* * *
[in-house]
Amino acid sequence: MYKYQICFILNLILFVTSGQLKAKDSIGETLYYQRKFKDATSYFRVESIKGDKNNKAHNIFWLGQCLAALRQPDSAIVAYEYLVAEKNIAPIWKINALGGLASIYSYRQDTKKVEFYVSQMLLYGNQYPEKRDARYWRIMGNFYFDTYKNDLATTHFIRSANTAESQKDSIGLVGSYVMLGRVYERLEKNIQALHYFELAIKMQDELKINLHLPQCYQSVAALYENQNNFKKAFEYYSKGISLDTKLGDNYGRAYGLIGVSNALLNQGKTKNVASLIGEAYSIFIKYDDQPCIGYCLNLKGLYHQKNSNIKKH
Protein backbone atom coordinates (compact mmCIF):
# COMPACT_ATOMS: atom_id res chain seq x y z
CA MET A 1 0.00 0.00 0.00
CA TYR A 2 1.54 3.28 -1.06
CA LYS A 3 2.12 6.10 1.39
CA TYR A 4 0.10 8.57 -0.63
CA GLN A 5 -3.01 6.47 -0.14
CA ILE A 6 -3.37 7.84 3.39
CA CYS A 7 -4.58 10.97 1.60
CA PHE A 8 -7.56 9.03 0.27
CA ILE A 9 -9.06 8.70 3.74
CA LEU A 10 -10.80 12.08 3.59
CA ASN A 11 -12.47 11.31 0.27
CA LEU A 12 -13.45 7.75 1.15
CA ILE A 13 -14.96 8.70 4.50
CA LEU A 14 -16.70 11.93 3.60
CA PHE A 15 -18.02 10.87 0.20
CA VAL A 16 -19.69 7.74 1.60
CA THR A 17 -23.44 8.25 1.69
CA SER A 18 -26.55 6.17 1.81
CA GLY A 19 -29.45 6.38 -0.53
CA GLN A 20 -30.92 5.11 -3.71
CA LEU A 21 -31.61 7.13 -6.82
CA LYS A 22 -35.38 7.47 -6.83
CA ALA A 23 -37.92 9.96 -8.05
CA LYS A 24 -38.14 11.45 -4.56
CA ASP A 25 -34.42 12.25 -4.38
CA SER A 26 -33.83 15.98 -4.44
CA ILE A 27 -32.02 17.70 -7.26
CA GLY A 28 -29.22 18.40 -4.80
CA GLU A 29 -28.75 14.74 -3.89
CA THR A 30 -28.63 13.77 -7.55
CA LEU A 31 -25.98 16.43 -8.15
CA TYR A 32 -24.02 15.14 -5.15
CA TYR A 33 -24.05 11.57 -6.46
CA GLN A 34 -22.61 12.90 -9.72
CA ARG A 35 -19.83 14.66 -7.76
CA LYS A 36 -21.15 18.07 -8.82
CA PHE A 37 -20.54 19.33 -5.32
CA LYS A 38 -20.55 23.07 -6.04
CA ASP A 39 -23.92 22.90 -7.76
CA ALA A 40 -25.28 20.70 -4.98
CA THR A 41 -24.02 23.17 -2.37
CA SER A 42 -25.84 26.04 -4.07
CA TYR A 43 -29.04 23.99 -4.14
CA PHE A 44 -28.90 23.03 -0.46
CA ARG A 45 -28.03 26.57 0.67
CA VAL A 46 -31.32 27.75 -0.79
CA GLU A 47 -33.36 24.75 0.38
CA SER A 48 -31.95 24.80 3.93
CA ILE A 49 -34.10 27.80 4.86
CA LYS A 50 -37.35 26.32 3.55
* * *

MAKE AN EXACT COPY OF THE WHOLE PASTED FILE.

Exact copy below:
[in-house]
Amino acid sequence: MYKYQICFILNLILFVTSGQLKAKDSIGETLYYQRKFKDATSYFRVESIKGDKNNKAHNIFWLGQCLAALRQPDSAIVAYEYLVAEKNIAPIWKINALGGLASIYSYRQDTKKVEFYVSQMLLYGNQYPEKRDARYWRIMGNFYFDTYKNDLATTHFIRSANTAESQKDSIGLVGSYVMLGRVYERLEKNIQALHYFELAIKMQDELKINLHLPQCYQSVAALYENQNNFKKAFEYYSKGISLDTKLGDNYGRAYGLIGVSNALLNQGKTKNVASLIGEAYSIFIKYDDQPCIGYCLNLKGLYHQKNSNIKKH
Protein backbone atom coordinates (compact mmCIF):
# COMPACT_ATOMS: atom_id res chain seq x y z
CA MET A 1 0.00 0.00 0.00
CA TYR A 2 1.54 3.28 -1.06
CA LYS A 3 2.12 6.10 1.39
CA TYR A 4 0.10 8.57 -0.63
CA GLN A 5 -3.01 6.47 -0.14
CA ILE A 6 -3.37 7.84 3.39
CA CYS A 7 -4.58 10.97 1.60
CA PHE A 8 -7.56 9.03 0.27
CA ILE A 9 -9.06 8.70 3.74
CA LEU A 10 -10.80 12.08 3.59
CA ASN A 11 -12.47 11.31 0.27
CA LEU A 12 -13.45 7.75 1.15
CA ILE A 13 -14.96 8.70 4.50
CA LEU A 14 -16.70 11.93 3.60
CA PHE A 15 -18.02 10.87 0.20
CA VAL A 16 -19.69 7.74 1.60
CA THR A 17 -23.44 8.25 1.69
CA SER A 18 -26.55 6.17 1.81
CA GLY A 19 -29.45 6.38 -0.53
CA GLN A 20 -30.92 5.11 -3.71
CA LEU A 21 -31.61 7.13 -6.82
CA LYS A 22 -35.38 7.47 -6.83
CA ALA A 23 -37.92 9.96 -8.05
CA LYS A 24 -38.14 11.45 -4.56
CA ASP A 25 -34.42 12.25 -4.38
CA SER A 26 -33.83 15.98 -4.44
CA ILE A 27 -32.02 17.70 -7.26
CA GLY A 28 -29.22 18.40 -4.80
CA GLU A 29 -28.75 14.74 -3.89
CA THR A 30 -28.63 13.77 -7.55
CA LEU A 31 -25.98 16.43 -8.15
CA TYR A 32 -24.02 15.14 -5.15
CA TYR A 33 -24.05 11.57 -6.46
CA GLN A 34 -22.61 12.90 -9.72
CA ARG A 35 -19.83 14.66 -7.76
CA LYS A 36 -21.15 18.07 -8.82
CA PHE A 37 -20.54 19.33 -5.32
CA LYS A 38 -20.55 23.07 -6.04
CA ASP A 39 -23.92 22.90 -7.76
CA ALA A 40 -25.28 20.70 -4.98
CA THR A 41 -24.02 23.17 -2.37
CA SER A 42 -25.84 26.04 -4.07
CA TYR A 43 -29.04 23.99 -4.14
CA PHE A 44 -28.90 23.03 -0.46
CA ARG A 45 -28.03 26.57 0.67
CA VAL A 46 -31.32 27.75 -0.79
CA GLU A 47 -33.36 24.75 0.38
CA SER A 48 -31.95 24.80 3.93
CA ILE A 49 -34.10 27.80 4.86
CA LYS A 50 -37.35 26.32 3.55